21 May 2016

Kiwifruit project excites eastern BoP Māori

3:35 pm on 21 May 2016

Māori in eastern Bay of Plenty are hailing a plan to create kiwifruit orchards as a solution to high unemployment and low productivity in the region.

kiwfruit vines


The kiwifruit orchards will replace low value maize farming on multiply-owned Māori land in Omaio near Te Kaha as part of a six-year conversion plan.

Te Rau Aroha Charitable Trust devised the strategy for Omaio, Otuwhare and Waiorore whānau and hapū.

Minister of Māori Development Te Ururoa Flavell and Zespri International director Lain Jager were to visit Omaio today to find out more about the development and discuss the plans with whānau and landowners.

The trust's chair Karamea Insley said the project would create 100 news jobs locally over five years and more across the wider district.

Te Rau Aroha Charitable Trust chair Karamea Insley

Te Rau Aroha Charitable Trust chair Karamea Insley Photo: Supplied

Mr Insley said there was a lot of excitement among the whānau.

It had taken five years for the strategy to come together, he said, and it would create an enterprise worth between $100-$200 million, owned and led by the Omaio whānau community.

"The strength of what we've managed to do is that it's led by the whānau in the community and it's not led by external players, the kaupapa is the whanau's kaupapa."

He said the current slump in the fortunes of mana whenua had not always existed.

Mr Insley, of Apanui and Ngāti Porou, remembered fondly what he described as the heyday for Māori economic development.

"It's been a long slog to try and restore what we grew up with when the coast was full of employment, in the 'Ngāta' years as I call them.

"(Sir) Apirana Ngāta led the Māori land development from the 1930s to the 1960s and 70s. There was no crime, everyone worked hard on farms, typically growing primary products through Māori-owned collectives.

"We recall those days and think 'heck what happened? Where's the development and how come our people are sitting around unemployed?' We can get down about, but we've elected to do something about it."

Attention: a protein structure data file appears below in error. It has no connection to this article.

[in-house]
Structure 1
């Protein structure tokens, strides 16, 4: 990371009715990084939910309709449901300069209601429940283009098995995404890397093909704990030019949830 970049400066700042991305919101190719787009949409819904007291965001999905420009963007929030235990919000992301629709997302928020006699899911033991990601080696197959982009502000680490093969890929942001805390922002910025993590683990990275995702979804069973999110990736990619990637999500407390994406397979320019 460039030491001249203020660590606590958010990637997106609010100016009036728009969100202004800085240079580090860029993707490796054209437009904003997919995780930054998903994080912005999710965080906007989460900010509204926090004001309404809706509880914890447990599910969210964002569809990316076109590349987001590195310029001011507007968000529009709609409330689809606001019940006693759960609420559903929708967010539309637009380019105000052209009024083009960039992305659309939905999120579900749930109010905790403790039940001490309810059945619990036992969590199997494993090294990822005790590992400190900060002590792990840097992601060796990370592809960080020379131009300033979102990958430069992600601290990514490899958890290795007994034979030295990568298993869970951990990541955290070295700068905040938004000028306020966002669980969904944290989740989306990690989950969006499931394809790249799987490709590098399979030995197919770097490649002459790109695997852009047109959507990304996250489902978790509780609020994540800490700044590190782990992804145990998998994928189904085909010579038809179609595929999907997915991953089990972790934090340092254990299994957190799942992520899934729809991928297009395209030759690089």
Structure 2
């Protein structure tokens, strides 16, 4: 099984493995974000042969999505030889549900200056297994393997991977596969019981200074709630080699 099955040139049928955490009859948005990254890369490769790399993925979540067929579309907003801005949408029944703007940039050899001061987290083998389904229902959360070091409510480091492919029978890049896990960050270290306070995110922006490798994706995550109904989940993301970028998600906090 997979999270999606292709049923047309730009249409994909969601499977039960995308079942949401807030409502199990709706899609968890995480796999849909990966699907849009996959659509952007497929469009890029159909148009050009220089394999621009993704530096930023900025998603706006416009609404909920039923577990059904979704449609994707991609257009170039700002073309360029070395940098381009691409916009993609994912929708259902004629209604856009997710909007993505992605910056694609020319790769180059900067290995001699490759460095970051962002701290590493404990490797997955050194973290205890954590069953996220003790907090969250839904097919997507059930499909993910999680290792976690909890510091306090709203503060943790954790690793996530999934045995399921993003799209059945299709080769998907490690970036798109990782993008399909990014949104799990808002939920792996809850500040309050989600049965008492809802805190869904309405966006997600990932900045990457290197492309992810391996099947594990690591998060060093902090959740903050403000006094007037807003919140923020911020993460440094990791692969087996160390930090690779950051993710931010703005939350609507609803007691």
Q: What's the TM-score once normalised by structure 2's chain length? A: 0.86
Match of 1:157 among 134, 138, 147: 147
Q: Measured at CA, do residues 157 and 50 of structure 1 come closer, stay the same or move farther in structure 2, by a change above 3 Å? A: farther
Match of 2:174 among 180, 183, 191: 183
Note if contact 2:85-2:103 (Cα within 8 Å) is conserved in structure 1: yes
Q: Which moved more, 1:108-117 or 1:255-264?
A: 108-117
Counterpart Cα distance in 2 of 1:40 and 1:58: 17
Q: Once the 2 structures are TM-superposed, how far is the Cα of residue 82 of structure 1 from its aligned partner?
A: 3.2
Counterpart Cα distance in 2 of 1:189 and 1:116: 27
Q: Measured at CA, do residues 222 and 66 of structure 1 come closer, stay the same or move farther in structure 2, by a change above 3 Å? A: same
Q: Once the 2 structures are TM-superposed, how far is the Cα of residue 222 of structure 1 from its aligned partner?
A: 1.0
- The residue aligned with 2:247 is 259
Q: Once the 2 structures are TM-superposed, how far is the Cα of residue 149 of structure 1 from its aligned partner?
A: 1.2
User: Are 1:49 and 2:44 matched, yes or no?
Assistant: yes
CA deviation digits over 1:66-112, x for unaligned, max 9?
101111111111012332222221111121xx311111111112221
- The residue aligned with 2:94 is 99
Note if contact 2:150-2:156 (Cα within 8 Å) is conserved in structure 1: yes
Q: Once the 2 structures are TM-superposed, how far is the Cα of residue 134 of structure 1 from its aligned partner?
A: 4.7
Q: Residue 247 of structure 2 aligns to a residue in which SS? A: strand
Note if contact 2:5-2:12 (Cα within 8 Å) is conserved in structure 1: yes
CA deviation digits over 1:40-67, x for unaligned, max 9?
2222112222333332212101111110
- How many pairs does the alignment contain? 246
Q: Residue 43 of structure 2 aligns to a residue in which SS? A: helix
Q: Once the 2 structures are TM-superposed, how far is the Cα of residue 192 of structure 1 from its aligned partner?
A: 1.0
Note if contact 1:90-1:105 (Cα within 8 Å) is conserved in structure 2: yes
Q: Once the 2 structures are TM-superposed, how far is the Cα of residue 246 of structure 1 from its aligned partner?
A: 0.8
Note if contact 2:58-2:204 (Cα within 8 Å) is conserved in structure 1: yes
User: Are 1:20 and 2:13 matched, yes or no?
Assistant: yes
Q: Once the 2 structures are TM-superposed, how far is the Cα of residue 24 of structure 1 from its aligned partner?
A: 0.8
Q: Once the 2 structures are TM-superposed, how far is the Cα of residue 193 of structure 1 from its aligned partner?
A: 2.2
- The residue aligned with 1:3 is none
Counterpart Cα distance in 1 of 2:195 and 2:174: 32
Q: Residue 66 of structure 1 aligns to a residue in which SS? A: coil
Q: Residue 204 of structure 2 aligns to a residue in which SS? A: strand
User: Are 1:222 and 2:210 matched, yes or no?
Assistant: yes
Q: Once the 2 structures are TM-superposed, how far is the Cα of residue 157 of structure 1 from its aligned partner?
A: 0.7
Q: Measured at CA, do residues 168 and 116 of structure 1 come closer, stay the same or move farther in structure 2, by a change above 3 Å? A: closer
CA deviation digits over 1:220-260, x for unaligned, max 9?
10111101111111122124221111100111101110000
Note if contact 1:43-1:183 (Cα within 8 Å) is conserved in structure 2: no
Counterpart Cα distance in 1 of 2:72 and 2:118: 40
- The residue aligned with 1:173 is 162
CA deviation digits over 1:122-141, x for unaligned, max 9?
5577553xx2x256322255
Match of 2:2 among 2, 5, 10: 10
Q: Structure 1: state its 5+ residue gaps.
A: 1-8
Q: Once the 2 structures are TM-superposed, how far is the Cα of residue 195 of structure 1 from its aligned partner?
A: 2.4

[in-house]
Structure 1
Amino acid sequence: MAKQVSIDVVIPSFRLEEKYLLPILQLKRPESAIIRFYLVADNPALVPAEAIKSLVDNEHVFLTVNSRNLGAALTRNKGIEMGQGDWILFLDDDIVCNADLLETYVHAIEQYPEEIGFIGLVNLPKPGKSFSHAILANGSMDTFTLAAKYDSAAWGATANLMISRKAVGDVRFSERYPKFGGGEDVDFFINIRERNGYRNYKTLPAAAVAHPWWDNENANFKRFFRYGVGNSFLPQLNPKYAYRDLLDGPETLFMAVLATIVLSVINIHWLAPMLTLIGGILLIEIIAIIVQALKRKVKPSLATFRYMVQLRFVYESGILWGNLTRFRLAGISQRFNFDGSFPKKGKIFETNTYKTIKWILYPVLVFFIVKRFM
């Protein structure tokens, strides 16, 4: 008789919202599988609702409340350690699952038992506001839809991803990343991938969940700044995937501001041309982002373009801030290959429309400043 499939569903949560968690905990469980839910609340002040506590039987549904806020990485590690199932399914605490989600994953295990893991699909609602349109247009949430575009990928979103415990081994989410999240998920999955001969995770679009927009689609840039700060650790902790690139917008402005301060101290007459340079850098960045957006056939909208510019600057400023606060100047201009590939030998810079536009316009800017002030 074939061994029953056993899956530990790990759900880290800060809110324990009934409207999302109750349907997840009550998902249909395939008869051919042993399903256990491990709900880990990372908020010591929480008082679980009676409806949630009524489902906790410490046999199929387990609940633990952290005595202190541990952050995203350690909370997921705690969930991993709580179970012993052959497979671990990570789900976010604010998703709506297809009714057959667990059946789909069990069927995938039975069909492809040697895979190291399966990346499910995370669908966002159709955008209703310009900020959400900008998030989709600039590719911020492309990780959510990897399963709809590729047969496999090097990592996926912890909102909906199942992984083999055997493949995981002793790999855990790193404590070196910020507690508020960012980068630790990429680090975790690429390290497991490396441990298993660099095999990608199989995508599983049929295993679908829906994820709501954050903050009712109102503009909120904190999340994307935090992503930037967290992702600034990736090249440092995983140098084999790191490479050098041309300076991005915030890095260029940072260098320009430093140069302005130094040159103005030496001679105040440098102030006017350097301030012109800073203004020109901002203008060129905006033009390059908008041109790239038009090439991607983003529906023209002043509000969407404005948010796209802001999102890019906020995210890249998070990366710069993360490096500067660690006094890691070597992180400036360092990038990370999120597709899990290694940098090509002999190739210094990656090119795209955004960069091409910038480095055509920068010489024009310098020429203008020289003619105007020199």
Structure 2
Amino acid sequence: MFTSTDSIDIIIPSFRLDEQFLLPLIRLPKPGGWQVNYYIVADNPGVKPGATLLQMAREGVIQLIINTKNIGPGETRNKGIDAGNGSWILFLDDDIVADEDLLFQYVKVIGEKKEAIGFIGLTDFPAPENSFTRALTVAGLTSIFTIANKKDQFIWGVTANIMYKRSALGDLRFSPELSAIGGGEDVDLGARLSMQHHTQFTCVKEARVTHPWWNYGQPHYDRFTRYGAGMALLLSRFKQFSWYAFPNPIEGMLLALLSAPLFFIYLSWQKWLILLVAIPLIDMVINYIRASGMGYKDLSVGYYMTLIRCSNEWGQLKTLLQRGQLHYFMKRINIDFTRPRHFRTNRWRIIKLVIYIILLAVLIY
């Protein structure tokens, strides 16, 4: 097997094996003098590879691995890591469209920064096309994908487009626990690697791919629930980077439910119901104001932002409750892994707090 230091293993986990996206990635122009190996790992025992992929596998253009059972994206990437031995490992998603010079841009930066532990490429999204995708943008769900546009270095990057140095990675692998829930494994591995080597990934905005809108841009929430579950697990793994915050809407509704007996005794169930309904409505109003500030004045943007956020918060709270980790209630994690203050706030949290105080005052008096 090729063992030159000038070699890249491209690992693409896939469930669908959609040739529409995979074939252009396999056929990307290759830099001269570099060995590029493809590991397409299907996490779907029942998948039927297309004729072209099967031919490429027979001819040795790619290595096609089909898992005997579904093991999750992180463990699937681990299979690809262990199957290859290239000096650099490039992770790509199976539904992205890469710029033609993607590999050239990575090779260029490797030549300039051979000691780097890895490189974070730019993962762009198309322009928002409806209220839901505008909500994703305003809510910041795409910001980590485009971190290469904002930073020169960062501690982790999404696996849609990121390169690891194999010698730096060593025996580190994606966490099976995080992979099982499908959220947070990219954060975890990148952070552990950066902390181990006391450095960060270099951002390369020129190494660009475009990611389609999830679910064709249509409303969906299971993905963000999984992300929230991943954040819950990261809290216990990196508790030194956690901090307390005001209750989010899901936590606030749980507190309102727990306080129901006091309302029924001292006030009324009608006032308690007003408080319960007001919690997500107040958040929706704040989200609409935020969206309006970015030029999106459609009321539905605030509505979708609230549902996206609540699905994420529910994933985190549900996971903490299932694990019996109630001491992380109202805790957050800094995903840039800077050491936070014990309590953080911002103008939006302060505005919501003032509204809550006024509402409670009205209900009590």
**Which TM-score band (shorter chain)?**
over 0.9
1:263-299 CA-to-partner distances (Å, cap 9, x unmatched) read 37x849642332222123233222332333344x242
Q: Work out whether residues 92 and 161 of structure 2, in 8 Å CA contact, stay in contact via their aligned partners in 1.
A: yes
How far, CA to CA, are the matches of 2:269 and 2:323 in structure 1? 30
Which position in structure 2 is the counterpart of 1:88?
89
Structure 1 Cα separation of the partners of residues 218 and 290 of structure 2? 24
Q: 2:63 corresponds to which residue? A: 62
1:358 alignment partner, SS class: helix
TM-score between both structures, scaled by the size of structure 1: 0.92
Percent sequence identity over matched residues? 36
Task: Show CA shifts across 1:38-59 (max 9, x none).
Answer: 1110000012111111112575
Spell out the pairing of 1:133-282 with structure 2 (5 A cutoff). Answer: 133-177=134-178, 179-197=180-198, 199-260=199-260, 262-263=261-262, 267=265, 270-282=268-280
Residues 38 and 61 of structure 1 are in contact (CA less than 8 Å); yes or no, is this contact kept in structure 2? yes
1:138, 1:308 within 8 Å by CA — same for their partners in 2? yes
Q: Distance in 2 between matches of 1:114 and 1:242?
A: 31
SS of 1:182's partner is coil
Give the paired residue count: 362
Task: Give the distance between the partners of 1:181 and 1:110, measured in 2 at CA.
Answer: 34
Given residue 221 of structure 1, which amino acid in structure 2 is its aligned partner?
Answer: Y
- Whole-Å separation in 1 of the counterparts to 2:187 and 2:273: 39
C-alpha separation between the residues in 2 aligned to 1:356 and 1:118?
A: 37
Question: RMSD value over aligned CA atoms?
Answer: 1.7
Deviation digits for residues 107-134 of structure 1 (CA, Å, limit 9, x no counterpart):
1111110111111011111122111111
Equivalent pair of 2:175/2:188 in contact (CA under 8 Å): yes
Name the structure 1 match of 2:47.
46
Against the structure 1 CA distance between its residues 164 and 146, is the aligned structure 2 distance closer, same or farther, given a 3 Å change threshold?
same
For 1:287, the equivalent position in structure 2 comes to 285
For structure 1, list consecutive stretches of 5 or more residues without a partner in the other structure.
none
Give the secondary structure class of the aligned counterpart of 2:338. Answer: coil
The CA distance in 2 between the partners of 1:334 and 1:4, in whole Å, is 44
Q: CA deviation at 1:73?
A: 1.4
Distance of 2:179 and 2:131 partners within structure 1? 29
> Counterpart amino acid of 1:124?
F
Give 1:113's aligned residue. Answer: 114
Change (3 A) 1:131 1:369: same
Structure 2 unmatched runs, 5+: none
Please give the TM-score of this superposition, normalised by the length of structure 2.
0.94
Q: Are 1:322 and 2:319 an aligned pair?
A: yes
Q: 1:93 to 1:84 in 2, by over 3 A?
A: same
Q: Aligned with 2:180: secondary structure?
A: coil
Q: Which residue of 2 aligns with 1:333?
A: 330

Haywood Green Kiwifruit

Haywood Green Kiwifruit Photo: RNZ/Susan Murray

He said it was a 'no-brainer' that the whānau needed to plant a different type of crop.

"We've had independent analysts establishing that if we're successful in migrating over a period of five years or more from low value to high value crops through organisations like we used to have, such as co-operatives of landowners, we know we can create what we grew up with in the 60s and 70s - full employment."

Mr Insley was confident the Omaio strategy would work, as he said the region contained some of the most productive soils in New Zealand.

"They're deep, alluvial soils combined with one of the best climates for growing horticulture crops. If you do the sums ... the difference between $600 net per hectare from maize to $100,000 per hectare, after year 4, for high value kiwifruit - that's where you get this massive economic uplift."

Mr Insley said Māori were used to having dairy farming coooperatives such as the Māori-owned dairy processing company Miraka, and the model worked for tāngata whenua.

It's expected to take up to six years for the land to be converted, with the first harvest scheduled in 2021-22.

The development is expected to make a significant contribution to kiwifruit marketer Zespri's goal to increase industry revenue to $3 billion by 2025.

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